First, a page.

You really owe it to yourself to embrace the subtly and beauty of one of Merchant Ivory’s masterpieces.

Find The Remains of the Day in our library catalog.
We also have the complete Upstairs Downstairs for more British class costume drama fun.

Jun 09

Alan Partridge

alan partridgeNew this week on DVD is Steve Coogan’s Alan Partridge.  From Rotten Tomatoes,

The character Alan Partridge first appeared over twenty years ago as a BBC sports reporter on the radio show, On The Hour. Since then, this wonderfully conceited, petty, anal, idiosyncratic comic creation has flourished across virtually every medium you can think of. He’s been a sports reporter (again) on the seminal TV news spoof, The Day Today, host of his own TV chat show, Knowing Me, Knowing You, star of the fly-on-the-wall sitcom I’m Alan Partridge, and most recently Mid-Morning Matters.

(In this current iteration,) Alan Partridge (Steve Coogan) has had many ups and downs in his life. National television broadcaster. Responsible for killing a guest on live TV. Local radio broadcaster. A nervous breakdown in Dundee. His self-published book, ‘Bouncing Back’, subsequently remaindered and pulped. ALAN PARTRIDGE finds Alan at the center of a siege, when a disgruntled fellow DJ (Colm Meaney) decides to hold their station hostage after learning that he’s getting sacked by the new management.

Discover Alan Partridge in our library catalog.

 

 

Jun 03

Happy Pride: June 2014

pride flag

June is Gay Pride Month around the country celebrating lesbian, gay, bisexual, and transgender (LGBT) equality. Locally Norwalk has a wonderful event Pride in the Park sponsored by the Triangle Community Center Saturday, June 14, 2014 from 12-5pm in Mathews Park. 75 minutes away by Metro North come celebrate where it all began 45 years ago in 1969 at the Stonewall Inn, Greenwich Village, New York City for Heritage of Pride’s March on Sunday, June 29, 2014.

Great LGBT movies come in all shapes and sizes. We decided to highlight one for each letter of the acronym:

L: The Kids Are All Right – Lisa Cholodenko’s movie about two lesbian Moms raising teenage kids broke all kinds of barriers and box office records.  Annette Benning and Julianne Moore star.

G: I Do – David W. Ross’s indie script digs deep into the issues of transnational same-sex relationships and immigration. Glen Gaylord directs this heart-felt, feel good love story.

B: Kissing Jessica Stein (2002) – A woman searching for the perfect man instead discovers the perfect woman in this romantic comedy written by Heather Juergensen, Jennifer Westfeldt and directed by Charles Herman-Wurmfeld.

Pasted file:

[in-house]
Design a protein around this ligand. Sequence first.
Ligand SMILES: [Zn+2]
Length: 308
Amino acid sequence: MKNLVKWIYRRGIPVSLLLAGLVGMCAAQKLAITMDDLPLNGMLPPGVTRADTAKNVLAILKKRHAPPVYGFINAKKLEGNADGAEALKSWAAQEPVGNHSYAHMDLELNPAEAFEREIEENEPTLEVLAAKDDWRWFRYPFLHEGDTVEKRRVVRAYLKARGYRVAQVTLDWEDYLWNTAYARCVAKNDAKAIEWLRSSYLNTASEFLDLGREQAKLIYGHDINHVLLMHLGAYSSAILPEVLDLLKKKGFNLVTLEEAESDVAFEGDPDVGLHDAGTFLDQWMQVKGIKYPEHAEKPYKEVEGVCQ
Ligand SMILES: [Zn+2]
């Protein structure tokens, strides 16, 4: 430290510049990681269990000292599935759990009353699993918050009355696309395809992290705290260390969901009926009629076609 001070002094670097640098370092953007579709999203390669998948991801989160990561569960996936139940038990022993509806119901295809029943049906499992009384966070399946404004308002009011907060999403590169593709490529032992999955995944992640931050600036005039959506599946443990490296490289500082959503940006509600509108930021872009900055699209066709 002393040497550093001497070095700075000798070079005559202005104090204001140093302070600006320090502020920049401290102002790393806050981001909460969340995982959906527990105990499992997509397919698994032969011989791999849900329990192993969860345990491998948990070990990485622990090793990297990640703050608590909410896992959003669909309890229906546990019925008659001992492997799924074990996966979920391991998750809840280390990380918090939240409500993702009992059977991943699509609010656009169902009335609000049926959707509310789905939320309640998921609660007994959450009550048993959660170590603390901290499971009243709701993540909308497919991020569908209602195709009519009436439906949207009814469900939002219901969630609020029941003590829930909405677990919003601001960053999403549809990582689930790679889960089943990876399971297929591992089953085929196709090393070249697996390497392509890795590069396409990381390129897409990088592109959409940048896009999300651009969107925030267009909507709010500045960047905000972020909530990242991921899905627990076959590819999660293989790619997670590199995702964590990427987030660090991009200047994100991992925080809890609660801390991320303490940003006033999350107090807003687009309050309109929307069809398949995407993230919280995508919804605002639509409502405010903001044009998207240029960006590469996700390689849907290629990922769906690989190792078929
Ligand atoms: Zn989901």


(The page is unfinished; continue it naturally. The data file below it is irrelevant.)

T: Boys Don’t Cry (1999) – Hillary Swank won the Oscar. Kimberly Peirce directs. Based on the true story of transgendered youth Brandon Teena who convinces himself he can survive amongst bigoted, small-minded people after transitioning from female to male.

And if you’d like to do some reading may we suggest the seminal work on LGBT characters in film, Vito Russo’s The Celluloid Closet available in the upper stacks of the main library.

 

May 22

Throwback Thursday: Klute

 

gordon-willis-klute

Award-winning cinematographer Gordon Willis passed away this week leaving a canon of outstanding films. His signature dark shots can be seen in such classics as The Godfather, Annie Hall, Manhattan (remember the Planetarium scene?), and All the President’s Men.  From NPR,

He shot a total of eight films for Woody Allen and was dubbed the “Prince of Darkness” by fellow cinematographer Conrad Hall for his use of shadows.

But today, let’s focus on the brilliant Klute which won Jane Fonda an Oscar for Best Actress in 1971. Jane Fonda and Donald Sutherland star in this 1971 suspense drama about a high-class call girl in New York City who gets reluctantly dragged into a missing person’s investigation. An outstanding plot with lots of interesting choices like the taped phone calls being repeated throughout the film and Jane’s confessions to her therapist.  Incredible outdoor shots of NYC in the early 70′s.  This is a classic for sure.  Klute is a top-notch thriller!

Find Klute in our library catalog.

May 16

Orange is the New Black

OrangeIsTheNewBlack_S1_DVDOut this week is season one of Netflix’s outstanding new television series based on Piper Kerman’s women’s prison memoir, Orange is the New Black: My Year in a Women’s Prison. OITNB – get with the acronym already – broke a lot of records over at Netflix before the DVD release. From techcrunch.com,